Amplified Musculoskeletal Pain Syndrome in Children
Treatment for children who experience persistent pain, which may be affecting the whole body or just one area of the body.
Amplified musculoskeletal pain syndrome (AMPS) is a condition that can cause intense persistent or intermittent pain anywhere in the body. When a child has AMPS, he or she often experiences a degree of pain more intense than normally expected.
Children may develop AMPS after an injury, illness, or psychological stress. In the case of illness, it is more commonly seen in children with inflammatory conditions like arthritis or tendonitis, or diseases like mononucleosis (also known as mono) or influenza, though not all children with these health conditions will develop AMPS.
When we typically feel pain, it’s because our bodies are trying to alert us to an injury by sending a signal to our brains. With AMPS, pain perception is increased due to abnormal firing of nerves that sense pain.
AMPS also sends a signal to the nerves in the body that control blood flow (“fight or flight” nerves) and constricts the flow of blood through the blood vessels. This causes less oxygen to reach the muscles and bones and causes a buildup of waste products in the body like lactic acid, which contributes to the amplified pain we see with AMPS. It is important to understand that your child’s pain is real and can get better.
Forms of amplified pain
- Diffuse amplified pain, also called widespread body pain or juvenile fibromyalgia
- Intermittent amplified pain
- Complex regional pain syndrome (CRPS) with autonomic changes (autonomic changes include color and temperature changes – for example, cold and blue – as well as swelling and sweating) (CRPS) with autonomic changes (autonomic changes include color and temperature changes – for example, cold and blue – as well as swelling and sweating)
- Localized amplified pain without autonomic changes
Patients with AMPS have chronic musculoskeletal pain and may experience changes in color or temperature changes, swelling, or sweating in certain areas of the body (either in one spot or all over). AMPS is most often seen in pre-adolescent or adolescent girls.
Other signs and symptoms can include:
- Headache, abdominal pain, dizziness, joint pain or fast heart rate
- Increased sensitivity, with normal contact of the skin feeling especially painful
- Decreased mobility or use of the affected area of the body
- Fatigue or trouble sleeping
- Anxiety, depression or related concerns
Successful treatment of AMPS can be challenging and requires focusing on physical functioning and pushing through discomfort to retrain the over-firing nerves and blood vessels. Treatment for AMPS includes:
Daily exercise guided by a physical therapist.
It is important for your child to complete daily exercises even when experiencing pain, soreness, or discomfort in affected areas. The physical therapist will assist in creating a plan for regular aerobic exercise to improve blood flow, circulatory symptoms, and physical function (including strength, endurance, conditioning, balance and flexibility). Your child may also need to be seen by an occupational therapist to decrease nerve sensitivity (also called desensitization) in the affected limb so that normal contact with the skin feels less and less painful.
Learning skills to manage the body’s stress response.
Stress can be a trigger for amplified pain and also a response to dealing with pain each day. Stressors can be positive or negative, big or small, and can include not just events, but feelings and personality styles.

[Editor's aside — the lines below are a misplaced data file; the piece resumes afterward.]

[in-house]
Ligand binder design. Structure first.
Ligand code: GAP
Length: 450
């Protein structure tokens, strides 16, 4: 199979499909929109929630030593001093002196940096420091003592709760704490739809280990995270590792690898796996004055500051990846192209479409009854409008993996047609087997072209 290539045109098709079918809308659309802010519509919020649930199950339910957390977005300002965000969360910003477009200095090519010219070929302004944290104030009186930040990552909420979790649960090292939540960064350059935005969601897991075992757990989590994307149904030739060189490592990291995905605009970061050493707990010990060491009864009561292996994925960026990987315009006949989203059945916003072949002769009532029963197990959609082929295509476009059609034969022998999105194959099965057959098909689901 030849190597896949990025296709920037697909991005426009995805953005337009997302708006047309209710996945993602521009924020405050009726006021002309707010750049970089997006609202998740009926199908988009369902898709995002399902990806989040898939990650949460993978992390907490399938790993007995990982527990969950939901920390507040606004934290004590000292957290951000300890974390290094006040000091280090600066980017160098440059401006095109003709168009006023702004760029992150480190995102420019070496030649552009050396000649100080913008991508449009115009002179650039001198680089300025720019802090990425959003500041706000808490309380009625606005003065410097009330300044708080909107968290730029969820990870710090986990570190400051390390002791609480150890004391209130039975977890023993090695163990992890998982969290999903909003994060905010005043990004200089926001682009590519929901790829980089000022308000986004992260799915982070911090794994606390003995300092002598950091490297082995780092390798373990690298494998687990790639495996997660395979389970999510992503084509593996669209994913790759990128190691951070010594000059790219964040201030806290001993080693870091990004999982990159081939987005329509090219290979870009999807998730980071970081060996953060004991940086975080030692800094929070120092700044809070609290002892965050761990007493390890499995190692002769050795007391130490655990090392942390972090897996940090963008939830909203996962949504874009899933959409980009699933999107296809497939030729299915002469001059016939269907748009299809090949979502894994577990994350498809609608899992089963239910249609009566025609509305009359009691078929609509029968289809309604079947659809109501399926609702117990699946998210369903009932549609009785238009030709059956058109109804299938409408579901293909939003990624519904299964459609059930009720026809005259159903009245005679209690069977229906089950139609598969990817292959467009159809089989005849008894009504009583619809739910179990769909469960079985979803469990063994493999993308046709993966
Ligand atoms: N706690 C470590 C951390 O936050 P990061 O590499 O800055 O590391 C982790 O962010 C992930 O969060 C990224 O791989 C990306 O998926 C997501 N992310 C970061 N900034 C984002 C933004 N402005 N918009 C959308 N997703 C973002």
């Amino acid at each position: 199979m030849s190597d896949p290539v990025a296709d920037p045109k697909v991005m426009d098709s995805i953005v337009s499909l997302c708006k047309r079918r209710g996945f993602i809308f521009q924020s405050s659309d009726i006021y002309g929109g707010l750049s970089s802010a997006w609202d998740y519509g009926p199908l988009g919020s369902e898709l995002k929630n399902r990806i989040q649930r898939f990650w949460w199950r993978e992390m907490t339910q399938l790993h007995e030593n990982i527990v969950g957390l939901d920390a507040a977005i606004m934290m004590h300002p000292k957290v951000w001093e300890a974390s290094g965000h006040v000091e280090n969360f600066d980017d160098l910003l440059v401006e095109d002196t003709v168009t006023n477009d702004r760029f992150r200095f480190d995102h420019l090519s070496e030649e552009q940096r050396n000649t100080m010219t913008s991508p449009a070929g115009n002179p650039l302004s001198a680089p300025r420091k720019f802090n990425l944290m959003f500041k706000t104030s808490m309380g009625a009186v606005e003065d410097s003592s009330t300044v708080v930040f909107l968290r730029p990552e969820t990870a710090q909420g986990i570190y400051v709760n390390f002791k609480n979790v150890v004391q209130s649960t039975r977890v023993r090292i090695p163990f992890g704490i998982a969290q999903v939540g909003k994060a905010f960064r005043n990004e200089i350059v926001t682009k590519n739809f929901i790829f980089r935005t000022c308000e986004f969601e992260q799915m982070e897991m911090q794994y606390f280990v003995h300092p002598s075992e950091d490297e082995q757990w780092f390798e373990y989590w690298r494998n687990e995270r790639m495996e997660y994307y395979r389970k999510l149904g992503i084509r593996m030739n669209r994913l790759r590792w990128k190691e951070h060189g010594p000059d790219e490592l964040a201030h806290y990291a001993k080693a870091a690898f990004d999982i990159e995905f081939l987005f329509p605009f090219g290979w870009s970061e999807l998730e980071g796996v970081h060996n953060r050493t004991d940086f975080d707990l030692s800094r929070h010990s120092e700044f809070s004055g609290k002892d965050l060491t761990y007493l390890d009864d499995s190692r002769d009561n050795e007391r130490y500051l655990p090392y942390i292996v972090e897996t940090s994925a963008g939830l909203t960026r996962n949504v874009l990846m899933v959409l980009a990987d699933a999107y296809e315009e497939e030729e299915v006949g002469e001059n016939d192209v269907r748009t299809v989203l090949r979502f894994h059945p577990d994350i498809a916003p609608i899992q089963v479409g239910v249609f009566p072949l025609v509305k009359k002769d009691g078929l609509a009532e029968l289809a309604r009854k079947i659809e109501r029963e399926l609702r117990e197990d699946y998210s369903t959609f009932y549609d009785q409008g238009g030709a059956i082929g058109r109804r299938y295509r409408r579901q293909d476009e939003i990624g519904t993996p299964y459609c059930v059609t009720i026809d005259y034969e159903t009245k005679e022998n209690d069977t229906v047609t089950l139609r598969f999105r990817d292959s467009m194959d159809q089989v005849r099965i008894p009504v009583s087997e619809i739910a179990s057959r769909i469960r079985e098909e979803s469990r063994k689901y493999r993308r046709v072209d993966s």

Many patients with AMPS and their families have had negative or stressful experiences with peers, school officials, and health care professionals who have not believed their symptoms. Chronic pain does not only affect the child, but can have an impact on the whole family and family-child dynamics.
Children with AMPS and their families can benefit from various forms of psychotherapy such as cognitive-behavior therapy (CBT) or acceptance and commitment therapy (ACT), which can help teach coping strategies to manage pain, identify and cope with stressors, and adjust to changes that have occurred with AMPS and returning to regular activities while in pain.
Psychology is part of the pain team to assist in learning these skills, teach relaxation techniques to calm the body’s stress response (such diaphragmatic breathing, imagery, or progressive muscle relaxation), and promote incorporating coping skills (for example, journaling, creative writing, art, music, etc.) in everyday life. Psychology also focuses on using these skills to reduce the fear of AMPS pain and addressing common issues seen in youth with chronic pain such as anxiety or depression.
Decreasing attention to pain.
The more we focus on pain, the more we experience pain. While distraction is often a helpful way to shift attention, focusing on returning to normal activities is an effective long-term solution for AMPS. Focus on return to school, physical activity, spending times with friends and family, and extracurricular activities also helps teach the brain that pain is not dangerous. Return to normal activities can also allow patients to obtain more social support and continue to move forward with their values and goals. Focus on helping keep daily activity consistent, even when they are experiencing pain or discomfort.
It is important to address all of these areas to break the pain cycle. Pain and symptoms of AMPS often worsen before getting better and the ability to do normal activities returns before pain resolves. Youth who have continued pain have often not addressed each treatment area. It is important for families to know that children can return to their regular activities and become symptom-free.